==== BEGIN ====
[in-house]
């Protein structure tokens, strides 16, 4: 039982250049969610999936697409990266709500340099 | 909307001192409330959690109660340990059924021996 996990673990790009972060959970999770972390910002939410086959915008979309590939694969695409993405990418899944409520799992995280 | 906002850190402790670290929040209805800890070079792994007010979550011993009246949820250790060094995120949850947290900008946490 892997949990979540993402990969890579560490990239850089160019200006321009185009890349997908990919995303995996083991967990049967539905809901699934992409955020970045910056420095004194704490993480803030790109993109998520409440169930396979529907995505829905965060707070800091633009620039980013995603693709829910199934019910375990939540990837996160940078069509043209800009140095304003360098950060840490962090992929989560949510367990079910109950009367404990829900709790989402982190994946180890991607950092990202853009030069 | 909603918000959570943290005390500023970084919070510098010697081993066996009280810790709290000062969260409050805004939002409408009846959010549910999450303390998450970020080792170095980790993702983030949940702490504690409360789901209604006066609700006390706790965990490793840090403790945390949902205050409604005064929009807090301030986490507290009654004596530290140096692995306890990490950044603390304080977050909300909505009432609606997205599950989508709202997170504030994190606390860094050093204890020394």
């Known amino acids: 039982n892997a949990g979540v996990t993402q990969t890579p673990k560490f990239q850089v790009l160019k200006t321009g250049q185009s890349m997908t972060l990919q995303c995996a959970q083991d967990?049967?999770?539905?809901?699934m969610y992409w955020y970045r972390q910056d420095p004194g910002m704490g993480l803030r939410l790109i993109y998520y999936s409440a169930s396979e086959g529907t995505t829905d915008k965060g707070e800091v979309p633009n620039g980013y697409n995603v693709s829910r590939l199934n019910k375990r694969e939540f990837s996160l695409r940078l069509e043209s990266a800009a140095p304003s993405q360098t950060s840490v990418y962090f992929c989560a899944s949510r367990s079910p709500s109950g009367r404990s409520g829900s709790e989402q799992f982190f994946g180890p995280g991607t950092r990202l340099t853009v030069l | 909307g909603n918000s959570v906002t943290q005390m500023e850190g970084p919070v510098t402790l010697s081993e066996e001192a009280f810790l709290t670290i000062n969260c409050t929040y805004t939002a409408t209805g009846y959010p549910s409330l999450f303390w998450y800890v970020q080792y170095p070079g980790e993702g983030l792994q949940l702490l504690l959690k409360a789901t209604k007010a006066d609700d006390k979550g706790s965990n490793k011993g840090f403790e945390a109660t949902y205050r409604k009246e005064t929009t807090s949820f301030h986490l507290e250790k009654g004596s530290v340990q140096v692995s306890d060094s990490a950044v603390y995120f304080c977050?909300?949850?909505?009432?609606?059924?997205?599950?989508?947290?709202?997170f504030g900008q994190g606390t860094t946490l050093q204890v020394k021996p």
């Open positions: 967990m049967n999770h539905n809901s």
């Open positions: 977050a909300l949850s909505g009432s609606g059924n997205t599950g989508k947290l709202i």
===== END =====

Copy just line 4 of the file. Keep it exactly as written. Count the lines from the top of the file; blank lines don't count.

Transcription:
């Open positions: 967990m049967n999770h539905n809901s």